In the blink of an eye, your potential customers have made a snap judgment about your website based on its home page. To be precise, it takes users less than two-tenths of a second to form a first impression.
After those crucial first seconds, your customers decide if they’re going to stay on the page, explore deeper or bounce off your site. In a worst case scenario, your website’s user experience is so poor that they never return.
What makes the difference between a website that draws users in and one that repels them from the beginning? Small decisions on your home page can cost you precious views and conversions. Here are 4 common homepage design mistakes that, if fixed, spell an opportunity to invite website visitors to explore your brand deeper.
Cluttered, Frustrating Pop-Ups
Pop-ups are often seen as digital clutter to be swept away by users. In 2018, GDPR regulations compelled websites to give consumers options and choices about how their data is collected and used for marketing and other purposes. As a result, many websites have a pop-up at the bottom of their home page that explains these options in detail.
But, when you stack on advertisements, promotional offers and other pop-ups, it can be difficult to see the forest through the trees. Customers are overwhelmed by the amount of information stacked on top of the website they intended to visit. As a result 51% of users surveyed by Hubspot said that popups ads that required them to click “X” to escape were really frustrating to deal with.
How to handle pop-ups is an especially important question for mobile visitors. On a smaller screen, pop-ups feel more intrusive and it’s more cumbersome to get rid of them. Since so many eCommerce shoppers today use their mobile devices, DTC brands can’t afford to skimp on their experience. The share of the market occupied by mobile customers continues to grow. Mobile eCommerce sales grew 15.2% over 2020 in 2021. And, analysts predict that by 2025, mobile eCommerce should more than double to reach $728.28 billion and account for 44.2% of retail eCommerce sales in the US.
No Pop-Ups At All
On the other hand, eCommerce homepages that lack any kind of pop-ups miss a big opportunity to collect data and convert customers. However, they take some finesse to get them right. In this case, personalization goes a long way to make pop-ups feel less intrusive and more helpful.
For instance, generate a pop-up with an offer code or suggest an additional product when a user moves their mouse to the top of the screen to head to another tab or close the window. Or, based on their referral source, you can customize your pop-up’s message to speak to a specific need or desire.
Successful pop-ups can do the following for your brand:
- Provide something interesting based on the context of the page
- Give added value to your customers
- Collect personal information about your prospects and customers to retarget later
- Keep visitors on your website longer
To reap these benefits, eCommerce brands should use pop-ups that make sense with the context on the page. For example, asking for a newsletter sign-up on your checkout page diverts focus and can reduce conversions. Timing is also crucial. Many pop-ups appear the second a visitor lands on a page. And that’s like being shouted at as soon as they enter a room — a little overwhelming and frustrating. Waiting a beat before offering a pop-up allows users to get a lay of the land and know more about your brand. A look at your website analytics with Air360 can tell you exactly how long your users typically spend on your page and what they’re focused on. This can help craft the kinds of offers you’ll use, where to place your banners and when to time them.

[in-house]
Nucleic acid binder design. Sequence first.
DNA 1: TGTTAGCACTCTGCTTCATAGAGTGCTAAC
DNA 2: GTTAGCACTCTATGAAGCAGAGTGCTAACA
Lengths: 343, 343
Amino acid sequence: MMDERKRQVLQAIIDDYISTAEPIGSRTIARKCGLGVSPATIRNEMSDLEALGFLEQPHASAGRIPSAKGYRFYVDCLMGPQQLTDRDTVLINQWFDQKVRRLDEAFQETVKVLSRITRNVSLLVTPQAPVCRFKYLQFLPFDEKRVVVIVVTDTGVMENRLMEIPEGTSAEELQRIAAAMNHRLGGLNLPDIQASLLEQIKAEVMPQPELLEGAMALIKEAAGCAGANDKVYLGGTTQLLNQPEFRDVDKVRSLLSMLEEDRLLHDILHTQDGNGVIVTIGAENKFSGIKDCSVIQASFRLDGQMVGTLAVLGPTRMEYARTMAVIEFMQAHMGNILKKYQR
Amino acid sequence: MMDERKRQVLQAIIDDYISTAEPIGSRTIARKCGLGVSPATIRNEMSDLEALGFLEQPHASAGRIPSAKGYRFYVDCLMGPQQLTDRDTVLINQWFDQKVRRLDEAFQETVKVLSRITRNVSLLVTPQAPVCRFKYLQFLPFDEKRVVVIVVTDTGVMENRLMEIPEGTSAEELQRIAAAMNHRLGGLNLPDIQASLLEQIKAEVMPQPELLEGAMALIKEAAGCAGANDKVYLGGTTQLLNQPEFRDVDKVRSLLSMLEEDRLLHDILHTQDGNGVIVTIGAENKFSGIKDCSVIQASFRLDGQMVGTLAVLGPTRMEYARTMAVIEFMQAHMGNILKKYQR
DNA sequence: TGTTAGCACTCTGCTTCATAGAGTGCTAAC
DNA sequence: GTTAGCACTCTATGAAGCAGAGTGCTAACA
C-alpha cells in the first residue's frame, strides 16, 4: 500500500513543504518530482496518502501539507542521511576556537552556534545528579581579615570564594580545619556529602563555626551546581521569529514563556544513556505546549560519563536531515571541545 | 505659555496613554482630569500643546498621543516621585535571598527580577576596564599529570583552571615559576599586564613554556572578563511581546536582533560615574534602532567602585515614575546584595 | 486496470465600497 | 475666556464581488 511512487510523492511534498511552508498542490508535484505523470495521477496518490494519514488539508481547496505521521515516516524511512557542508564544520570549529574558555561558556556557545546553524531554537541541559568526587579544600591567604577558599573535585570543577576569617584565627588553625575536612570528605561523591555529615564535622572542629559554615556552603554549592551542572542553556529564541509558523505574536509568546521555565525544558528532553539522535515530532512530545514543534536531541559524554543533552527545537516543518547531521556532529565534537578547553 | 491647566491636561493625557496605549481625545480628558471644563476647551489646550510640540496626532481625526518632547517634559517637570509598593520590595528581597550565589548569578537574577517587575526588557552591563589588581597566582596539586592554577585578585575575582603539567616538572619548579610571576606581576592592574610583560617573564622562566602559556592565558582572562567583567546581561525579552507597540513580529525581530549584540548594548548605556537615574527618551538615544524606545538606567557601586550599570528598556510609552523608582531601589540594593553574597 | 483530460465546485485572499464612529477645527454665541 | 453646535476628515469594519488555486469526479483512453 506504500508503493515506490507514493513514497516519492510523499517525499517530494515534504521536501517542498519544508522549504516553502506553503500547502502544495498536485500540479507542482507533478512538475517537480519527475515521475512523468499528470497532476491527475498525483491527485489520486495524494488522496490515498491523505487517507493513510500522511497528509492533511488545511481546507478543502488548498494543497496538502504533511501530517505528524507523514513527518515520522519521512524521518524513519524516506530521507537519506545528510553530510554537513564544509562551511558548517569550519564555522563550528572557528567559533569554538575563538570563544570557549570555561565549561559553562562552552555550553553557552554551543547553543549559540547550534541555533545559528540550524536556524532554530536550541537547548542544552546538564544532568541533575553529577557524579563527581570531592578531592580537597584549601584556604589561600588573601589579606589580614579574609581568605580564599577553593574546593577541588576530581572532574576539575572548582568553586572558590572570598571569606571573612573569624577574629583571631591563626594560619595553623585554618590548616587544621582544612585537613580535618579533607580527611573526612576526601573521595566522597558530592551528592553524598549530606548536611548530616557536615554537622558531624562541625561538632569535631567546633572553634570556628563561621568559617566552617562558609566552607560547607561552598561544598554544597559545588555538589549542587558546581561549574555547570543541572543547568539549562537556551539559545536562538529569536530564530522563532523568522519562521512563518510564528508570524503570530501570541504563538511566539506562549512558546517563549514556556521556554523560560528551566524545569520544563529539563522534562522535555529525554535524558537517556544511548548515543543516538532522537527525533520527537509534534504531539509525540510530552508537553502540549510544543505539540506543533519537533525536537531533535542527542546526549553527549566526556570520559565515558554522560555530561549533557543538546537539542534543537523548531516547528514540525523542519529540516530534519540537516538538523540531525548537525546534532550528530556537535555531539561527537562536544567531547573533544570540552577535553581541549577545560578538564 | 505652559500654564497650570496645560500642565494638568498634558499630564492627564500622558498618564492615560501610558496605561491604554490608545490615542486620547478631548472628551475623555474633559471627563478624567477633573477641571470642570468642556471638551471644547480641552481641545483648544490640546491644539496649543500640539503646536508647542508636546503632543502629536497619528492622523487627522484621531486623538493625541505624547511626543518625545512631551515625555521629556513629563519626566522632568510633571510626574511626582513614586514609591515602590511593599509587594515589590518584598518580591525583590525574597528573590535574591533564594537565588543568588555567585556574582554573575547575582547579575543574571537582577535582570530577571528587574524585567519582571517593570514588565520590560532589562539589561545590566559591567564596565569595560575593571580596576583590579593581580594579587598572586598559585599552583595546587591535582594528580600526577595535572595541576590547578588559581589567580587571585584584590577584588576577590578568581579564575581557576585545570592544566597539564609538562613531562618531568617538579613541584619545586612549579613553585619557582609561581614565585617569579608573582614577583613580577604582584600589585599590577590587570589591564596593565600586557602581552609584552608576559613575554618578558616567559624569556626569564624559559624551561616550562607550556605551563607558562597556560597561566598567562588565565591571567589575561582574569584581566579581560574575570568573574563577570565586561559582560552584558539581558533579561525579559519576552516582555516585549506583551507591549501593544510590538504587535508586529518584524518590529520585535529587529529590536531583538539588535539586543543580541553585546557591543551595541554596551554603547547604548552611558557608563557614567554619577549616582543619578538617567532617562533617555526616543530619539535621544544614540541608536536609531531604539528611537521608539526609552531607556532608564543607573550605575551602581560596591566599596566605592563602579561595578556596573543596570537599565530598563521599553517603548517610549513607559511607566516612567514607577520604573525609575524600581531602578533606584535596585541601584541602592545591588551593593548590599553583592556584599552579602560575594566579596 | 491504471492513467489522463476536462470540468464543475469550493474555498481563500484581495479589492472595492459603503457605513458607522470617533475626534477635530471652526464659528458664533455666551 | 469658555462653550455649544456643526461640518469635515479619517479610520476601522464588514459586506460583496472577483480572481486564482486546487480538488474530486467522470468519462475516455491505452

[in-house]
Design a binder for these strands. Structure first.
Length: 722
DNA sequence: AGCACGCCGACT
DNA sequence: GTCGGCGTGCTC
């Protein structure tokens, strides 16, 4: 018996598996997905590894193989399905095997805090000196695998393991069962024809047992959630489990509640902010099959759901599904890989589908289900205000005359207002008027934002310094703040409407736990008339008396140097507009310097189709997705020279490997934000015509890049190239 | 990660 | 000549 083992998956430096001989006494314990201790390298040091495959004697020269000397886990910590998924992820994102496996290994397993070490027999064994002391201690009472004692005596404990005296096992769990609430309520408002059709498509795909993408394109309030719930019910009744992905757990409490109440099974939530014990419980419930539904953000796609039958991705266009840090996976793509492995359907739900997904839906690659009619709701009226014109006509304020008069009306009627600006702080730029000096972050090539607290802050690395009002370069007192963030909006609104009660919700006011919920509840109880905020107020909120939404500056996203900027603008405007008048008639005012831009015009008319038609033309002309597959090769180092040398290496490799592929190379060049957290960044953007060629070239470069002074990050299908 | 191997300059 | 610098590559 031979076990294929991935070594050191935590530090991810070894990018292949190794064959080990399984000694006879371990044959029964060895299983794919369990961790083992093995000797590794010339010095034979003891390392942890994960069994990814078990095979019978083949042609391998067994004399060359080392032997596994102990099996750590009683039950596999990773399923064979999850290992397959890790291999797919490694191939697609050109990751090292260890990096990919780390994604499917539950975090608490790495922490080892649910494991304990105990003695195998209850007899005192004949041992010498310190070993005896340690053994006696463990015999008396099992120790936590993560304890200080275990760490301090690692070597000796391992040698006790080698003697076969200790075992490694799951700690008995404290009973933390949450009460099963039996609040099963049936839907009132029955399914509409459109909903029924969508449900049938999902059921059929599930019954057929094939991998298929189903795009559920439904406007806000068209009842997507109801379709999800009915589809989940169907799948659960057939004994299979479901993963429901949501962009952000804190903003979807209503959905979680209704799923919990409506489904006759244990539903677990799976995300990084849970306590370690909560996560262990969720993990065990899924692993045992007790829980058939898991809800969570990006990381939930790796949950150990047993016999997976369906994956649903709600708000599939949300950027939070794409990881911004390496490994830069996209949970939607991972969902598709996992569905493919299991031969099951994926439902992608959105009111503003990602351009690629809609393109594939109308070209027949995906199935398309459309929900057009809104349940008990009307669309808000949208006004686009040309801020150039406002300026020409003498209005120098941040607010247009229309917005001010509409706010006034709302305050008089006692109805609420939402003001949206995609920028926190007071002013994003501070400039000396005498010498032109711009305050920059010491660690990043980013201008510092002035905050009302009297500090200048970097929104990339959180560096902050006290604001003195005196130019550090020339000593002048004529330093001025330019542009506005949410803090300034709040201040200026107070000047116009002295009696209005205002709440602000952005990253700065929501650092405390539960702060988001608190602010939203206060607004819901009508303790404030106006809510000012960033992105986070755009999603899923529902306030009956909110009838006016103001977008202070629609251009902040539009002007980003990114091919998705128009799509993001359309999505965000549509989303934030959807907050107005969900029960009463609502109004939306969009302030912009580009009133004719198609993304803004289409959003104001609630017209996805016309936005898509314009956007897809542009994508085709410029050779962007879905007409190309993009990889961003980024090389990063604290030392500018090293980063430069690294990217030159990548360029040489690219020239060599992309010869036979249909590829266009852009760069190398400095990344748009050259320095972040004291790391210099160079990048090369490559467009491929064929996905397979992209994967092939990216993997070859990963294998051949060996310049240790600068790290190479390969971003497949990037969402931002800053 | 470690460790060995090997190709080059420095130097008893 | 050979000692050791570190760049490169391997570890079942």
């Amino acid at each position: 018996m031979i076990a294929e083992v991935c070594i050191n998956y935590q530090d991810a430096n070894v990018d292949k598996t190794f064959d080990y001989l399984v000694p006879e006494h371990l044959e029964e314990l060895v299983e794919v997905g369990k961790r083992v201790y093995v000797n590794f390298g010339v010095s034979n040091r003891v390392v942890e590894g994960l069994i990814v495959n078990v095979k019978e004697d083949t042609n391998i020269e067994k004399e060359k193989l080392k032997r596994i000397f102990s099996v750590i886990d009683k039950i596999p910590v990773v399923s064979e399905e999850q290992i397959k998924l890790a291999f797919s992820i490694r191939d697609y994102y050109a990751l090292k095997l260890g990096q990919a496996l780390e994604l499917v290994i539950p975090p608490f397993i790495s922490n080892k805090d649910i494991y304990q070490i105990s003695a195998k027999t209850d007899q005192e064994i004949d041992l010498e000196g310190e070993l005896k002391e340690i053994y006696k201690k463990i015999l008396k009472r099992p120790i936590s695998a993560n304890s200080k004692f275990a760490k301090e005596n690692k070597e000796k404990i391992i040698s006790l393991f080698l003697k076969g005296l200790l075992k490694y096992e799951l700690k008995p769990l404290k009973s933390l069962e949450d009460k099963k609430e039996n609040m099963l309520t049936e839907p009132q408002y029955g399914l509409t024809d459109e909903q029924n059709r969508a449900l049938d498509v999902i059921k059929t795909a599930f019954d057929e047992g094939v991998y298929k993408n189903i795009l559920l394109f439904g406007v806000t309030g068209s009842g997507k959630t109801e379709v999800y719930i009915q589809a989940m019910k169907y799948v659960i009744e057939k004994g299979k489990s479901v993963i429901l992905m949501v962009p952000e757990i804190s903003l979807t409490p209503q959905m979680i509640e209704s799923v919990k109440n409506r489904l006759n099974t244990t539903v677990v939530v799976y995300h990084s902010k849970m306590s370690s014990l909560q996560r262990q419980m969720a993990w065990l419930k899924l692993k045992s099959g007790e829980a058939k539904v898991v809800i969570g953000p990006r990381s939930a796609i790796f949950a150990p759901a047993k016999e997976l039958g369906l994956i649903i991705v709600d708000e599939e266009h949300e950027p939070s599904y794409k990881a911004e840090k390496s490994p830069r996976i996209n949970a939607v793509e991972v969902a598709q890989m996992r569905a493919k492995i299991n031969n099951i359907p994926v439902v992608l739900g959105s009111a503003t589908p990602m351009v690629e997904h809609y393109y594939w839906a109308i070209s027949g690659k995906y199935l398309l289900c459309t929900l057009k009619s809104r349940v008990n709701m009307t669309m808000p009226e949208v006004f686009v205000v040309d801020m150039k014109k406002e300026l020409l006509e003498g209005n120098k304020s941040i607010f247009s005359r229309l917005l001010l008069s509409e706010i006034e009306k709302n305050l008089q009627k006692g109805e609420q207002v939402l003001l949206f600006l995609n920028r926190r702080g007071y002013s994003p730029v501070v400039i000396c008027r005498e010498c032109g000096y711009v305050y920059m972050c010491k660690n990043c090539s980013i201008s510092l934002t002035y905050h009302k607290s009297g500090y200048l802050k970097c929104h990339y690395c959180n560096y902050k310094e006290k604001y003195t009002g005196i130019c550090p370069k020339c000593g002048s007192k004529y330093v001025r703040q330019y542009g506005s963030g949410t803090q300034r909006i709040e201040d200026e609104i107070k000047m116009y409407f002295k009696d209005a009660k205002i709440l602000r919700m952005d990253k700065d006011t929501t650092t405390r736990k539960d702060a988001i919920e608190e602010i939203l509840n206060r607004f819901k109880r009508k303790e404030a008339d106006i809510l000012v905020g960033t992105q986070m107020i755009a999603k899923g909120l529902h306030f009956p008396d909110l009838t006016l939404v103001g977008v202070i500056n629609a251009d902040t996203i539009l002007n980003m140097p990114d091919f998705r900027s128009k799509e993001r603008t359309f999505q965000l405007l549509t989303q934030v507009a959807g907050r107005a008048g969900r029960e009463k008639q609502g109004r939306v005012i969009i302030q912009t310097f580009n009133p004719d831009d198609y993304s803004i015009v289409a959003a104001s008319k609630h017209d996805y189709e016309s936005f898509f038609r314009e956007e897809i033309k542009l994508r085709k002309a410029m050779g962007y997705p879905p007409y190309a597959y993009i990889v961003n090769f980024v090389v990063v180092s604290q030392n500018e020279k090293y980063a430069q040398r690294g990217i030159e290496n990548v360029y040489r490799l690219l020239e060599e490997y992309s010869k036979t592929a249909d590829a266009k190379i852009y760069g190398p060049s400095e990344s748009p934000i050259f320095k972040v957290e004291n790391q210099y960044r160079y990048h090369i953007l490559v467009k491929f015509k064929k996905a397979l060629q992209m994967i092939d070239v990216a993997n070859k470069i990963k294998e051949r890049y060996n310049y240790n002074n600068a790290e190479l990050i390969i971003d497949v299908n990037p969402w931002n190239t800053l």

Unclear Message and Product Offering
Customers want to know quickly what you’re offering and if it matters to them. Time is precious, and if the front page of your website isn’t clear, customers likely aren’t willing to investigate further.
One pitfall for eCommerce homepages is not tailoring your brand story and your message to your customers. Instead of thinking of the reasons you’d like someone to buy your product, customers want to know what’s in it for them.
The homepage design should make it easy for a visitor to find what they’re looking for next and get to it. To accomplish this, design a homepage with the right hierarchy and structure, offer advanced search, and make sure that your call to action is clear. It may seem obvious, but properly placing a buy button with your product pages sometimes gets overlooked.
Missing the Mark on Trust
Before a customer is willing to enter in their personal information, especially their credit card number, they want to know if they can trust you. A website without the proper trust markers is a red flag for consumers, even if you are actually a reputable company.
Make it easy for visitors to find your contact information, about pages and return policies. Also, providing the proper encryption and data privacy proves that you’re serious about protecting their financial and personal information. This information should be displayed prominently so no one has to dig for it.
Trust is telegraphed in other areas on your homepage too. For instance, low-quality photos, typos and confusing website layout spells danger for visitors. On the other hand, personalization, clear hierarchy, intuitive interfaces and direct messaging displays confidence and trustworthiness.
If you notice that users are bouncing off your homepage, user experience may be the culprit. Your eCommerce storefront is your website. It’s always on and ready to greet customers. Give your customers the opportunity to get to know you and trust you by solving these common eCommerce homepage design challenges.